There will be days we feel like our meditation is “successful” (whatever that means) but there will also be days where we feel like our meditation is a total failure, when we think we’re doing nothing but being distracted and waiting for the signal that meditation is over. Both kinds of meditation are good. Trying to meditate and feeling like a failure….that counts as meditation. The only way to fail at meditation is to not do it.

 

So, let’s meditate together.

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Posted in videos

Faith, Determination, Doubt | Video

Great Faith, Great Determination, Great Doubt. These are called the Three Essentials of Practice. So Sahn said that a practice that is missing any of these is like a table missing a leg.

 

The text I reference in the video is “Mirror of Zen”. You can get my commentary on this wonderful text by clicking here:

Mirror of Zen

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UPCOMING EVENTS

4/20/19: 11am-Noon

Fountain City Meditation: Meditate For Our Lives at Unity Southeast

Unity Southeast KC

3421 East Meyer Boulevard

Kansas City, MO

This is a public event. We’re meditating outside of a church. I’m going to give a short talk and a bit of guidance, then we will sit together. Tell all your friends.

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Posted in fountain city meditation, podcast

Insecurity: Brain Weasels and other stuff

I recorded a two part episode of my podcast Scharpening the Mind on the subject of Insecurity. For both of these episodes I was joined by my wonderful co-host and domestic partner Alicia Marley. Sitting down and recording with her was really great. 

You can listen to it here:

Insecurity Part One

Insecurity Part Two

I wanted to write on the subject a little as well.

We usually don’t see ourselves clearly.

We often spend time either over or under-estimating ourselves. Sometimes we tend to either think we’re great and we can’t possibly be causing our own problems, that we can’t be wrong in any conflict, that nothing is our fault. Other times it’s the opposite. We tend to think of ourselves as failures. We think other people are cooler or more attractive or more valuable than we are. It’s rare for us to have a clear picture of ourselves.

Insecurity comes from that under-estimation. That’s what I’m writing about now. Insecurity is a powerful force in many of our lives. I think it’s one of those things that is a fundamental part of the human condition. Even people that seem to have it all together are insecure at times. I’m not even sure if people that seem to have it all together are ANY less insecure than the rest of us, really.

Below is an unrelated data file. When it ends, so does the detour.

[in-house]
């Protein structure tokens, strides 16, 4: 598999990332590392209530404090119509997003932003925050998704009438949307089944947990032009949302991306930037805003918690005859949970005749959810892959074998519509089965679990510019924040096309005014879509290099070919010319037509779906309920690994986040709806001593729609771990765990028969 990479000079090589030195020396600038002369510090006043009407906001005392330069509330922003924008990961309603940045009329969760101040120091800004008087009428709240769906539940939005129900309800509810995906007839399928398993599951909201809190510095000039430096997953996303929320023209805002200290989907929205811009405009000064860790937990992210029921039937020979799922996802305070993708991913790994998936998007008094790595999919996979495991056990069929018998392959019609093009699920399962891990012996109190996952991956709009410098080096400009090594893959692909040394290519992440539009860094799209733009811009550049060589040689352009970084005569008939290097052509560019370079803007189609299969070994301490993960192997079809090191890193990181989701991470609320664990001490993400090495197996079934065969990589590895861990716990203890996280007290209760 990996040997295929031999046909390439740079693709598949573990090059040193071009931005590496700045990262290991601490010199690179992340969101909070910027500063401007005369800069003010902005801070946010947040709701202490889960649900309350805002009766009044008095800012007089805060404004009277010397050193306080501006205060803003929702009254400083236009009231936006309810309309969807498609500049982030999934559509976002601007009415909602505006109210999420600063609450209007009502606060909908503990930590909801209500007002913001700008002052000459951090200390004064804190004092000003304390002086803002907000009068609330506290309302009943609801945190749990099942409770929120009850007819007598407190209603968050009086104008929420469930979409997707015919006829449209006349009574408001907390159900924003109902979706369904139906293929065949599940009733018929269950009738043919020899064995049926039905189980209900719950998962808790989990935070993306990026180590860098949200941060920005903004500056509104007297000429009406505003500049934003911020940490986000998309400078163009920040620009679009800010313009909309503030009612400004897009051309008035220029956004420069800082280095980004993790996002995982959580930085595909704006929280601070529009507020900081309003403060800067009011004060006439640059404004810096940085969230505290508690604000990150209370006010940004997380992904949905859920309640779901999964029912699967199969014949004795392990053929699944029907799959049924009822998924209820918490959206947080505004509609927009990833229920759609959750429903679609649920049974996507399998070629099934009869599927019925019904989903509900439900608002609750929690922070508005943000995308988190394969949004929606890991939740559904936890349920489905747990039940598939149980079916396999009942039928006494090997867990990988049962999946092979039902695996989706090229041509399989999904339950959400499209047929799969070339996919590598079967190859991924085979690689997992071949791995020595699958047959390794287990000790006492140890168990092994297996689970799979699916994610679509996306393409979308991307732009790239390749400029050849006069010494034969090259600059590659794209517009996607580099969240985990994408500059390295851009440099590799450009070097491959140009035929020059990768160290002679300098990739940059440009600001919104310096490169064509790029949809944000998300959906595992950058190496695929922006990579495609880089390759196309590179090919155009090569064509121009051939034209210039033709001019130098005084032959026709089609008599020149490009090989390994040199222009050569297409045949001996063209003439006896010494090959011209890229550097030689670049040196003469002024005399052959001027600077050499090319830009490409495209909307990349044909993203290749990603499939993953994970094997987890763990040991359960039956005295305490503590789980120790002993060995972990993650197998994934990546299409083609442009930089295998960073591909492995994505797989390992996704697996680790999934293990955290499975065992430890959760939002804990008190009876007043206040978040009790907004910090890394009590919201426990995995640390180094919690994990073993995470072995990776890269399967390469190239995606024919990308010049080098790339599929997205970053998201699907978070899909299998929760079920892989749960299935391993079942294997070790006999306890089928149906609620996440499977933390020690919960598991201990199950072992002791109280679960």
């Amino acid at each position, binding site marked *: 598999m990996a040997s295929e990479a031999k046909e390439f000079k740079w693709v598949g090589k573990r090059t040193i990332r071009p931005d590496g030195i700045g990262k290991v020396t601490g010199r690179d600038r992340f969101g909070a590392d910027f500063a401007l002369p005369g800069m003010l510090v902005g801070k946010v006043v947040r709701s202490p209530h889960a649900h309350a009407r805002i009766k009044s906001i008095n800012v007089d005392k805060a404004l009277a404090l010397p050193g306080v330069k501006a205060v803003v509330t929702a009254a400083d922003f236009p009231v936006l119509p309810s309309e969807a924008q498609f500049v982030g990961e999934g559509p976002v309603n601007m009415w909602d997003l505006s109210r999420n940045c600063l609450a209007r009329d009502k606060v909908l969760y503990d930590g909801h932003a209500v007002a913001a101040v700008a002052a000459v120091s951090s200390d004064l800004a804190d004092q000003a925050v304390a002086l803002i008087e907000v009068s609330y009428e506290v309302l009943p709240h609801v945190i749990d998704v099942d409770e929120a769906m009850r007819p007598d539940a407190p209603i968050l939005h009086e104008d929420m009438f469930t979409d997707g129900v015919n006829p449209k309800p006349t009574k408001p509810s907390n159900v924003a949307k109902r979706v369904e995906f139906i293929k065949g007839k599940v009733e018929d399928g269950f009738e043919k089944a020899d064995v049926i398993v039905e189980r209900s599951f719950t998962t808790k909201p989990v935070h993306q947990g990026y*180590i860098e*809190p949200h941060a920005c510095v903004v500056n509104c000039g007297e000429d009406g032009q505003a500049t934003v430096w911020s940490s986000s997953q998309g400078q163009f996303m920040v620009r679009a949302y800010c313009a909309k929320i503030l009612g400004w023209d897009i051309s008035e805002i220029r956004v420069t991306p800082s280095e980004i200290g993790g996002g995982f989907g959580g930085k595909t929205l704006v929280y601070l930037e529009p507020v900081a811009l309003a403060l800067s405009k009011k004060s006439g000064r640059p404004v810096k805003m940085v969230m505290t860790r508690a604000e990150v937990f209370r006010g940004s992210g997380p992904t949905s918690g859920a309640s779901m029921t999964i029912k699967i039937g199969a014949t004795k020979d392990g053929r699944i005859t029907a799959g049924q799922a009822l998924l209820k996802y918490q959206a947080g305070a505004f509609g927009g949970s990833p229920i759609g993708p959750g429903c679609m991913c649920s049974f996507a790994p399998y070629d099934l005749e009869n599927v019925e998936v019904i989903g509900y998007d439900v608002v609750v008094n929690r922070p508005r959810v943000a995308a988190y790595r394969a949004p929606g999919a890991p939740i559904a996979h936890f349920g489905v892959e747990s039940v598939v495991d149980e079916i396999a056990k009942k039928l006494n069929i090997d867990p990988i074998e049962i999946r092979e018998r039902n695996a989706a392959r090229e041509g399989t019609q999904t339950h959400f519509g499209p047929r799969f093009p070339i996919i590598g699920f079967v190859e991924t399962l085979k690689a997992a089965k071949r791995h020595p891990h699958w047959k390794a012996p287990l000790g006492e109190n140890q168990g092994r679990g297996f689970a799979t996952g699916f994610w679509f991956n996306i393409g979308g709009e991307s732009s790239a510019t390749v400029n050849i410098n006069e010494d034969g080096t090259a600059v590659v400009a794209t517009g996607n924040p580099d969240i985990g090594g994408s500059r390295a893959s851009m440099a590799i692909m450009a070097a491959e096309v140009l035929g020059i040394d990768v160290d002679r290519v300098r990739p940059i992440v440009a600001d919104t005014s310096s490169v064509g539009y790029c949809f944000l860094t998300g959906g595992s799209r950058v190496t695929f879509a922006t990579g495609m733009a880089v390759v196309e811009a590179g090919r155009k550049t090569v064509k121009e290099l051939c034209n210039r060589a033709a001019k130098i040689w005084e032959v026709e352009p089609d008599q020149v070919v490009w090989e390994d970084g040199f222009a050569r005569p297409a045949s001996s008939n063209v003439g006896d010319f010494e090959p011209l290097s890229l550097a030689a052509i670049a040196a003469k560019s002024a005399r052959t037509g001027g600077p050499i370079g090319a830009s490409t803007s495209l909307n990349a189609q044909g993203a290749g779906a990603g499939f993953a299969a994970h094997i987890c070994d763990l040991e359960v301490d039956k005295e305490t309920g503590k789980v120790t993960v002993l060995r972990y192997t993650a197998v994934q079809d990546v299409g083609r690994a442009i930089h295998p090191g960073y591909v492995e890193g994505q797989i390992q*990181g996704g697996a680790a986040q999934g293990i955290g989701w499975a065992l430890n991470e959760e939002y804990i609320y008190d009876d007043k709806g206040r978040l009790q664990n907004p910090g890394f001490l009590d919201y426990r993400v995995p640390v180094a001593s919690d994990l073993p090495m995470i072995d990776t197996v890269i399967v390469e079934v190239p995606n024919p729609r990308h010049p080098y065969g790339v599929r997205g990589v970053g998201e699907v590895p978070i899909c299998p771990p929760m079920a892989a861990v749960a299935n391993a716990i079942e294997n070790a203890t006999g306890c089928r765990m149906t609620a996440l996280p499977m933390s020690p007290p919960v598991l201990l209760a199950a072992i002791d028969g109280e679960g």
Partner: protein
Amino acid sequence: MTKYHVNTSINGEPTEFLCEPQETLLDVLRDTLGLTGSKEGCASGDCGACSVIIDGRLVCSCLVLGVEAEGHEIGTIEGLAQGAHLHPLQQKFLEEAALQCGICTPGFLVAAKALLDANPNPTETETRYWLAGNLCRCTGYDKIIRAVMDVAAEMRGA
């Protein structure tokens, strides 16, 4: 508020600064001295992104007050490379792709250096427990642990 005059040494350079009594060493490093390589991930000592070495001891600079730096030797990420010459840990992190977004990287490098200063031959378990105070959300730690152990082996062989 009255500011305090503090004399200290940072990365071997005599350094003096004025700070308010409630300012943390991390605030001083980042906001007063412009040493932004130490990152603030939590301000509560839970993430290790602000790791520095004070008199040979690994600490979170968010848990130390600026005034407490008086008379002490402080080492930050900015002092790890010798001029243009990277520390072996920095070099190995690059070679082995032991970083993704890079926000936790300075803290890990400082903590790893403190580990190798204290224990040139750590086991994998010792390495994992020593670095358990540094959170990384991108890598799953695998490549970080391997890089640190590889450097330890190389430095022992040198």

I’m insecure about all sorts of things. I don’t like the way my belly sticks out. I think I should be making more money.

I sometimes wonder if I should be leading my own meditation events. I sometimes have these questions that come into my mind. “Why do you think people want this?” “Aren’t there plenty of places people can go for meditation in Kansas City?”

And the truth is I’m just inspired to share this practice, sharing it doesn’t cost me anything but my time, and if I can just encourage one person…that’s enough.

The other question that comes to mind sometimes is “Why start your own? Why not just teach in someone else’s community?”
And I guess I have some sort of insecurity around that too. I’m doing this because I don’t think anyone wants me to teach in their community. I would if they asked.

Anyway, I said all that so I could introduce you to the concept of Brain Weasels. I talked about this in the podcasts, but thought I’d show you the definition.

From Urban Dictionary Brain Weasels are:

Intrusive thoughts of self-doubt and despair, often associated with depression or anxiety, that crawl into your brain and make it hard to focus on other things.

These are those voices that show up in our heads to tell us we’ll never succeed, or that we’re worthless, or not good enough. They have plenty of awful things to say and sometimes it seems like they’re talking a lot.

I think we all have this experience. I don’t think we can make the brain weasels go away, but I do think we can make them stop being so loud. When our attention is fractured, when we’re not mindful of our experience, when we are spending a lot of time and energy carrying our baggage and neuroses…it’s really easy for those brain weasels to be loud and obnoxious.

That’s where our meditation training comes in. When we’re learning how to focus and how to see things clearly we’re also learning how to make those voices stop being so loud.

The truth is that we’re creating those voices. They don’t come from nowhere. They come from us. And because of that, we can learn to stop creating them so much. That’s not to say it’s easy. It’s not.

When we listen to these voices we are getting in our own way. They make it more difficult for us to have a sense of well-being. Part of our meditation training is about learning how to stop getting in our own way all the time. This is just one aspect of that, but I think it’s one that everyone understands and can relate to.